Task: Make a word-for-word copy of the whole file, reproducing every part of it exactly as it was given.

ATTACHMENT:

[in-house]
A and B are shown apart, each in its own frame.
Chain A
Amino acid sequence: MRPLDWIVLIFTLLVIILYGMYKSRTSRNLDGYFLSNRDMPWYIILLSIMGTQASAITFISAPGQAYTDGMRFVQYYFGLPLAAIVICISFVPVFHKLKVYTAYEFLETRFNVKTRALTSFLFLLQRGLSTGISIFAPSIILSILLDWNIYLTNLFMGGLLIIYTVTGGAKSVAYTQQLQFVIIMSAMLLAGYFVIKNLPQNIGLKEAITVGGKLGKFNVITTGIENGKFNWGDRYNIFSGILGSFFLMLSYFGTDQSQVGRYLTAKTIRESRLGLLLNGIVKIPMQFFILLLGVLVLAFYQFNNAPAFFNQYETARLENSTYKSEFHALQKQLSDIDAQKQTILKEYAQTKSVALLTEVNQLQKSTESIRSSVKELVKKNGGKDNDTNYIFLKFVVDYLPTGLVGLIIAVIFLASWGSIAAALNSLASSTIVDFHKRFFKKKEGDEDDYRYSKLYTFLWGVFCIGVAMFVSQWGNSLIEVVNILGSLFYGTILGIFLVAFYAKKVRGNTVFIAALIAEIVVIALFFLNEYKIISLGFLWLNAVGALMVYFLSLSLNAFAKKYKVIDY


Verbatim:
[in-house]
A and B are shown apart, each in its own frame.
Chain A
Amino acid sequence: MRPLDWIVLIFTLLVIILYGMYKSRTSRNLDGYFLSNRDMPWYIILLSIMGTQASAITFISAPGQAYTDGMRFVQYYFGLPLAAIVICISFVPVFHKLKVYTAYEFLETRFNVKTRALTSFLFLLQRGLSTGISIFAPSIILSILLDWNIYLTNLFMGGLLIIYTVTGGAKSVAYTQQLQFVIIMSAMLLAGYFVIKNLPQNIGLKEAITVGGKLGKFNVITTGIENGKFNWGDRYNIFSGILGSFFLMLSYFGTDQSQVGRYLTAKTIRESRLGLLLNGIVKIPMQFFILLLGVLVLAFYQFNNAPAFFNQYETARLENSTYKSEFHALQKQLSDIDAQKQTILKEYAQTKSVALLTEVNQLQKSTESIRSSVKELVKKNGGKDNDTNYIFLKFVVDYLPTGLVGLIIAVIFLASWGSIAAALNSLASSTIVDFHKRFFKKKEGDEDDYRYSKLYTFLWGVFCIGVAMFVSQWGNSLIEVVNILGSLFYGTILGIFLVAFYAKKVRGNTVFIAALIAEIVVIALFFLNEYKIISLGFLWLNAVGALMVYFLSLSLNAFAKKYKVIDY